Taking Them to the Cleaners
With rare exception, our family law cases address generally three areas. The first is kids. Second is pre-divorce maintenance. And finally, we have property. From a legal standpoint, divorce is really all about separating property and debt. It is dissolution of a partnership, pure and simple. Except that in the family context, the Court has a very general rule it is required to follow to make its determination of who gets what. The split of assets and debt must be “just and right”, which is another way of saying “equitable”.
“Equitable” doesn’t mean half and half. In fact, that would often be impossible since family assets are usually in something other than cash holdings. An equitable distribution is going to take into consideration the relative earning powers of the spouses, the needs of children, and the characterization of the property.
The Court can also take into consideration the parties relative “fault” in the divorce. This is often a gray area, and one of the most contentious and confusing areas for our clients. Many a time, a client will come in and make a request that we punish the other spouse for his/her bad behavior during the marriage. Often, we have to talk our clients down off the ledge.
A spouse can do quite a lot to screw up an otherwise viable and healthy marriage. One of the most prevalent is adultery. The Texas Family Code is pretty specific about adultery. It can be used as a reason for divorce. The Court, in determining a property split, can also consider it. Many clients want the Court to punish their philandering spouse by taking away all of their community property rights.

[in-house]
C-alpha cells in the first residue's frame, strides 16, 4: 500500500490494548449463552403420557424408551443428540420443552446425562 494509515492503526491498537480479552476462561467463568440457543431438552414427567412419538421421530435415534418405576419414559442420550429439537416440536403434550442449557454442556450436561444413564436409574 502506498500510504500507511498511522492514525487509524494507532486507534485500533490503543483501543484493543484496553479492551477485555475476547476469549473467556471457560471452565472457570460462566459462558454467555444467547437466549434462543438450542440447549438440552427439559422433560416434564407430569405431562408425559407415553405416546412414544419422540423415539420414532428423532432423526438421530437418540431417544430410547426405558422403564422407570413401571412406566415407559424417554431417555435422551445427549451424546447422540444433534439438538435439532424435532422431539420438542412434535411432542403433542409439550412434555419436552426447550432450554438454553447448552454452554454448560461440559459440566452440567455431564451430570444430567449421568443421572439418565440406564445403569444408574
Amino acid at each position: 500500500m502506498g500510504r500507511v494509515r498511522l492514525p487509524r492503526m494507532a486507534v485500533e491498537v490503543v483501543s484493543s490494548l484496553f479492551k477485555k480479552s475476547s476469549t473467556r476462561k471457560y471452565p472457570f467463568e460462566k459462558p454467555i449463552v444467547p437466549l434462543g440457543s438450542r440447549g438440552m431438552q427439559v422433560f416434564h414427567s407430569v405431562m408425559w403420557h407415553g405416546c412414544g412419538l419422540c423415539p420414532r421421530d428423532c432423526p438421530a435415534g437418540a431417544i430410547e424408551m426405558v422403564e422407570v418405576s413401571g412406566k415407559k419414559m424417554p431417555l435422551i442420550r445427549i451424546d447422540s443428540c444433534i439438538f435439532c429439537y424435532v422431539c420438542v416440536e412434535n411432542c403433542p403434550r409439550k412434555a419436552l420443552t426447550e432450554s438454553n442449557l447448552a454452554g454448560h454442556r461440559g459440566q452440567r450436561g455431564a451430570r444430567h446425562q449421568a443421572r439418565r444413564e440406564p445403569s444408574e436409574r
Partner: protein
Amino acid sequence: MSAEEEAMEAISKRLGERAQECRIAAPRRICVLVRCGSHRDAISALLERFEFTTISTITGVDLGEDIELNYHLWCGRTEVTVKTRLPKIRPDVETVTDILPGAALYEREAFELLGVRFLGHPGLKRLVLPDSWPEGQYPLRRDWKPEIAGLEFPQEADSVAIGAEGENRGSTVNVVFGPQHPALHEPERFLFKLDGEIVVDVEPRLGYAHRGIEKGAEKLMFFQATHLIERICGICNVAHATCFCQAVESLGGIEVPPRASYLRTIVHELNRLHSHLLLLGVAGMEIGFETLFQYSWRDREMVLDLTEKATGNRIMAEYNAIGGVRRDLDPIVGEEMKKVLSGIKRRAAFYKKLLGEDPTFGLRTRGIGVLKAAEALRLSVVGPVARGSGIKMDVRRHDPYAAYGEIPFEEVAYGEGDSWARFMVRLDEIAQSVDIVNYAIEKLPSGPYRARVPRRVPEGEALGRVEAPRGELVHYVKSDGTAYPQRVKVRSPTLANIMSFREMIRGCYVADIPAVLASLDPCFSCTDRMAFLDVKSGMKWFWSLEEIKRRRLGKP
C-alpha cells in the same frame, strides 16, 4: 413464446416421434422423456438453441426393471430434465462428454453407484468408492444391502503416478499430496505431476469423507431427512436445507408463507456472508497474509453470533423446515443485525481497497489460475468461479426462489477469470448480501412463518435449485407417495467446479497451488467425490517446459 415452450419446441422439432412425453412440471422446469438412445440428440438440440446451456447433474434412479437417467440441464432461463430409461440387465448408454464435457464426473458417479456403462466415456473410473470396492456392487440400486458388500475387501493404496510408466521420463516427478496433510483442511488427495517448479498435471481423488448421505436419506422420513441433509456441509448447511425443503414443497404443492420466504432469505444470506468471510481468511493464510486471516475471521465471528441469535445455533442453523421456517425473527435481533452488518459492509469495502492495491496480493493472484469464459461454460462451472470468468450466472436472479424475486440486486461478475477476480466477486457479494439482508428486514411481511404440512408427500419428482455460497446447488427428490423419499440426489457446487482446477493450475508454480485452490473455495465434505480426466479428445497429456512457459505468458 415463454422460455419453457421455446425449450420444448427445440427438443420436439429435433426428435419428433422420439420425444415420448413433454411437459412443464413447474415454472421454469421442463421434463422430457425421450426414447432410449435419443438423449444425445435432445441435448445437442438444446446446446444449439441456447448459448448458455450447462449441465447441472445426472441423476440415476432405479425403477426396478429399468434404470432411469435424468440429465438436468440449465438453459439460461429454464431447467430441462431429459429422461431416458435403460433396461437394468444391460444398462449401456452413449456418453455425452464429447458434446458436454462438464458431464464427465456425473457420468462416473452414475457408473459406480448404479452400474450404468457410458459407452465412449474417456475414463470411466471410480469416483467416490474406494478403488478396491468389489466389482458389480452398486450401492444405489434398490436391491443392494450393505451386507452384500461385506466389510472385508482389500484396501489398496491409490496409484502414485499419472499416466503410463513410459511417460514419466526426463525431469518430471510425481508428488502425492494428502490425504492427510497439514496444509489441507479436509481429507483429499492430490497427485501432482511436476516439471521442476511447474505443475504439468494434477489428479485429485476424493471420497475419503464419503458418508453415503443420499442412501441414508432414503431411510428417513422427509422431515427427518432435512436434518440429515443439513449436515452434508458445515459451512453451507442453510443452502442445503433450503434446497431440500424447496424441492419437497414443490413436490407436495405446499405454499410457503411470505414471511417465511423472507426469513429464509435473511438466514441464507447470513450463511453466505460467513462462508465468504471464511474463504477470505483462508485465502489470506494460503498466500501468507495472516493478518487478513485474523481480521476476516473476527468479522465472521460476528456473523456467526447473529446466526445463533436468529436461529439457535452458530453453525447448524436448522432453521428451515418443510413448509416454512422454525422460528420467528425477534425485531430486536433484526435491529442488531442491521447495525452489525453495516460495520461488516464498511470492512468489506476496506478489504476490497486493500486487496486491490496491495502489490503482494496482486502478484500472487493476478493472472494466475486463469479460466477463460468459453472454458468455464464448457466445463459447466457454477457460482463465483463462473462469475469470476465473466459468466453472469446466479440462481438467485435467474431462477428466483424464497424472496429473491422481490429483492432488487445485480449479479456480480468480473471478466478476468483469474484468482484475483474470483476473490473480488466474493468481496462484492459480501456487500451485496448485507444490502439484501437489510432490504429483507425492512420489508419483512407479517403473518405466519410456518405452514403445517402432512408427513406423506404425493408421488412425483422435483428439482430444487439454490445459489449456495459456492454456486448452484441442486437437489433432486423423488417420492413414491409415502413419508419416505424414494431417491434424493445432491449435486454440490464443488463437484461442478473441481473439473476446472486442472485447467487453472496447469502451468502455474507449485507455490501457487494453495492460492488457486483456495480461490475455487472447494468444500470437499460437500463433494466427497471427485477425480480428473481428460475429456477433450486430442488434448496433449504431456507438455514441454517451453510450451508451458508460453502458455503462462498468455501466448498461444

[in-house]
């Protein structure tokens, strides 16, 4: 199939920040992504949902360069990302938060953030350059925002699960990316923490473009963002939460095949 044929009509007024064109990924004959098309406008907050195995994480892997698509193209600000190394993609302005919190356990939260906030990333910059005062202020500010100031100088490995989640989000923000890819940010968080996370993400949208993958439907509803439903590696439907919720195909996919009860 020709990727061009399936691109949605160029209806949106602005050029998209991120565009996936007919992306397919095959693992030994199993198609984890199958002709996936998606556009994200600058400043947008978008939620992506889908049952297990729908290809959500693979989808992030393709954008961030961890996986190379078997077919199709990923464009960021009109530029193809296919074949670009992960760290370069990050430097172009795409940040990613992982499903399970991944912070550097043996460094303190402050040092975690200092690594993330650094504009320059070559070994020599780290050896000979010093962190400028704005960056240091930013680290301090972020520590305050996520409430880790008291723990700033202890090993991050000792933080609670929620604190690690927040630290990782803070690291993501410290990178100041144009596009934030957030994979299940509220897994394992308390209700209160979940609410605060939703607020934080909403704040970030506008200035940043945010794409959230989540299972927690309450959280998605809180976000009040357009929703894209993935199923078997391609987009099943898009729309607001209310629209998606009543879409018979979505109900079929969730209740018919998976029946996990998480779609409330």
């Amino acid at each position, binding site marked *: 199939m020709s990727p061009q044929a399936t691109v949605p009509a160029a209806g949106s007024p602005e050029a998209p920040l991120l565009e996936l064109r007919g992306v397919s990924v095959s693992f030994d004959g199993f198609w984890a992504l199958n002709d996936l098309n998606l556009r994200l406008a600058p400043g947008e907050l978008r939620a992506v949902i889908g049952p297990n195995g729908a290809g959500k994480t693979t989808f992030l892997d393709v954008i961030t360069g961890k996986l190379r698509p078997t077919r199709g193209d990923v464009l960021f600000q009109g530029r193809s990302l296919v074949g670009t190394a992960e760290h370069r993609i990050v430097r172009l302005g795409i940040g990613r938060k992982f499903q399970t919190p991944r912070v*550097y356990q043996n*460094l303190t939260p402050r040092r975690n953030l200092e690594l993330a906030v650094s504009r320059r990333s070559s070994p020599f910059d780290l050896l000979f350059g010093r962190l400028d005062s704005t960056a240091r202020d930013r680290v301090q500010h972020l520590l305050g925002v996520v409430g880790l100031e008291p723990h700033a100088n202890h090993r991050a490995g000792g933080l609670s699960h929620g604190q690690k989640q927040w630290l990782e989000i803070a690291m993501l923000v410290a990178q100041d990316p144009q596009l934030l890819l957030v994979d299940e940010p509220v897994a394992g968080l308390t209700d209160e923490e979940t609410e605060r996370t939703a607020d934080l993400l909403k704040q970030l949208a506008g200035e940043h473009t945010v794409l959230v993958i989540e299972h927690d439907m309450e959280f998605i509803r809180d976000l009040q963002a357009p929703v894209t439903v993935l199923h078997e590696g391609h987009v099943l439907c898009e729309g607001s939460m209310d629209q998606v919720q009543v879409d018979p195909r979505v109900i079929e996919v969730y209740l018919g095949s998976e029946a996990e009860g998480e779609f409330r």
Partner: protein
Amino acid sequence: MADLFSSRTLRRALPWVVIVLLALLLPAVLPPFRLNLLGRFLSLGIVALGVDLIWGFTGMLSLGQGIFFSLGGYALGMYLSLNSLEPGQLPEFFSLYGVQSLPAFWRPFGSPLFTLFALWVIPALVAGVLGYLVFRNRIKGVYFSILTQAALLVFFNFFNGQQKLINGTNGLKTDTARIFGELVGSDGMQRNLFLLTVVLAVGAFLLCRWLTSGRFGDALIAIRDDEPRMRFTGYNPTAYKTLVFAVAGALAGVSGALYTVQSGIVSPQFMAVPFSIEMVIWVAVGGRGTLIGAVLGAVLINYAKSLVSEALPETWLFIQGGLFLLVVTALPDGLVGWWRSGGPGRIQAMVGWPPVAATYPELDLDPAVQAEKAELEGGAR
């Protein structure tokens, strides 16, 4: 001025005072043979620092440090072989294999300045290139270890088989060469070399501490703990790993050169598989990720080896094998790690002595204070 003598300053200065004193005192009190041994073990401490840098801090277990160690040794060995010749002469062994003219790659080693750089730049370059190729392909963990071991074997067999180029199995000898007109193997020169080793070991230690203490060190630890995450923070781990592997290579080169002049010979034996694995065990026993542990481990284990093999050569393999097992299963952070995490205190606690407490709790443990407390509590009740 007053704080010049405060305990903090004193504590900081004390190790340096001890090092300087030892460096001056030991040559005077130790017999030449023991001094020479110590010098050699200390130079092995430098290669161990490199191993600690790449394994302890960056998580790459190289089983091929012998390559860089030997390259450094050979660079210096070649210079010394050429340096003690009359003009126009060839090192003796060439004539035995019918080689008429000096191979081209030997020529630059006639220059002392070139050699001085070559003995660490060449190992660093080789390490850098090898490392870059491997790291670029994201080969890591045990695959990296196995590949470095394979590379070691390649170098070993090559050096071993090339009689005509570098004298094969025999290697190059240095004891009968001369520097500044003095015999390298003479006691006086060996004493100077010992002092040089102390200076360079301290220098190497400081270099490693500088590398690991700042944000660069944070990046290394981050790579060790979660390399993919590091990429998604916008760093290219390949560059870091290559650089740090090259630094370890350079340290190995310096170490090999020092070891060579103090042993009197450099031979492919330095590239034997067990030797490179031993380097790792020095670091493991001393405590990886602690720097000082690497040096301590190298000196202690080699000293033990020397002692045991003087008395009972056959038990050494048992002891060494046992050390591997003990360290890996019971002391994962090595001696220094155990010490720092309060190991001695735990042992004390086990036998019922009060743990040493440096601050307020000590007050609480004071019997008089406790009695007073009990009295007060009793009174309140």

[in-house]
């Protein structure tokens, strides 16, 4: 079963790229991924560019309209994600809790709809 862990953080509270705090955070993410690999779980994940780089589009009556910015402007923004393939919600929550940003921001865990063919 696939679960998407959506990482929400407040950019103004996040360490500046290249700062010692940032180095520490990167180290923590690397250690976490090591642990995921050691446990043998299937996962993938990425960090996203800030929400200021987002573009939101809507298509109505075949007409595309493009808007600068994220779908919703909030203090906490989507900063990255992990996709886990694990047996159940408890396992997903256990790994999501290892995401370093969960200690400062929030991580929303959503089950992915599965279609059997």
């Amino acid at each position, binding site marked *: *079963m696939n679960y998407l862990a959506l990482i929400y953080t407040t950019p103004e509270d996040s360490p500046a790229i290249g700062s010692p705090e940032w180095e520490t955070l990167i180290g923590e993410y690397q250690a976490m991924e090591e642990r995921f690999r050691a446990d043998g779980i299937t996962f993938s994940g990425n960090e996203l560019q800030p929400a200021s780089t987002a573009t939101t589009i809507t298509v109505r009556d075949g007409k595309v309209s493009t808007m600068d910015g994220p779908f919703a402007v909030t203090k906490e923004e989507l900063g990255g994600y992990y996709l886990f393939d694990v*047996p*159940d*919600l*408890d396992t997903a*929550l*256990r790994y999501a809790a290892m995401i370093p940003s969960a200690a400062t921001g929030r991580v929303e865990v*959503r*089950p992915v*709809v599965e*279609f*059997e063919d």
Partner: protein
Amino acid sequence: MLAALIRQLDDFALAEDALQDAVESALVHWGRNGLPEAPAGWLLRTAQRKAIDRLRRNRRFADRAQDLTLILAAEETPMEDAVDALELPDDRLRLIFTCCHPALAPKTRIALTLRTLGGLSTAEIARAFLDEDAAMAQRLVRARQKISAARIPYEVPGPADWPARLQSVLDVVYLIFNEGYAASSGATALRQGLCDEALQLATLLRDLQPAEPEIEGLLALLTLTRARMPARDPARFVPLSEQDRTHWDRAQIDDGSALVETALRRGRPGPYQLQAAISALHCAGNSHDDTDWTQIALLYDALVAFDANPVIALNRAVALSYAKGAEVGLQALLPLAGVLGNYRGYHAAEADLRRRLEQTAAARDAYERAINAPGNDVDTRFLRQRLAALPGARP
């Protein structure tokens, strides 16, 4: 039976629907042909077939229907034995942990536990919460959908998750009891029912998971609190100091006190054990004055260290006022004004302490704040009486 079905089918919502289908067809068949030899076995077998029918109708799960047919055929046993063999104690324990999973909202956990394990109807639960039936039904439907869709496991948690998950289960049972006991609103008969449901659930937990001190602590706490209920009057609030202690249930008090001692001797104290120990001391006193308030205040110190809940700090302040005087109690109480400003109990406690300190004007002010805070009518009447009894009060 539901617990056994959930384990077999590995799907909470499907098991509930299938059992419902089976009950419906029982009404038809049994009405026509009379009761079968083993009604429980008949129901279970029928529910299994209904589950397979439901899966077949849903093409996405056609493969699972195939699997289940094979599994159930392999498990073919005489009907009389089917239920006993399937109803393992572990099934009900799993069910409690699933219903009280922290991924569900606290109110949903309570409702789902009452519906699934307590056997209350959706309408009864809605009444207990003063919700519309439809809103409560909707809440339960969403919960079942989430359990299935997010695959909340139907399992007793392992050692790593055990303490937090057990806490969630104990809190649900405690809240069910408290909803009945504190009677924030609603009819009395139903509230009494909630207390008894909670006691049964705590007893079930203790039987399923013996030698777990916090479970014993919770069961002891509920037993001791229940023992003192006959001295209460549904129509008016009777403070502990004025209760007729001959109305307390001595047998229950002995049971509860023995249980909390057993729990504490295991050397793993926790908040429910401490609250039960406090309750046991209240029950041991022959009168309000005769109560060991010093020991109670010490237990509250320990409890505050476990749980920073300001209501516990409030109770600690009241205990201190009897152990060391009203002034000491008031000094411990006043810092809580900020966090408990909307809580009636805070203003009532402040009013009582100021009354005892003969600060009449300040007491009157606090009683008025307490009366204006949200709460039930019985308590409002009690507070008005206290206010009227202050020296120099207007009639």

No doubt about it. Most family Judges don’t like the actions of a cheating spouse. Especially when there are children involved. However, in our experience adultery, no matter how obvious, is not normally going to result in an exceptionally dramatic split in community property. Most Courts don’t seem as impressed with adultery as they once were. My personal opinion is that there’s too much cheating going on! More than half of the divorces seem to carry the baggage of adultery with it. The Courts might be desensitized.
That’s not to say that a good lawyer can’t provide information to the Court that turns the tide in a fight over community property. It’s just that one shouldn’t expect to “take ’em to the cleaners” on an allegation of adultery alone. However, there are some things a spouse can do to another that can put most of their share of community property in jeopardy. That will be the subject of another post.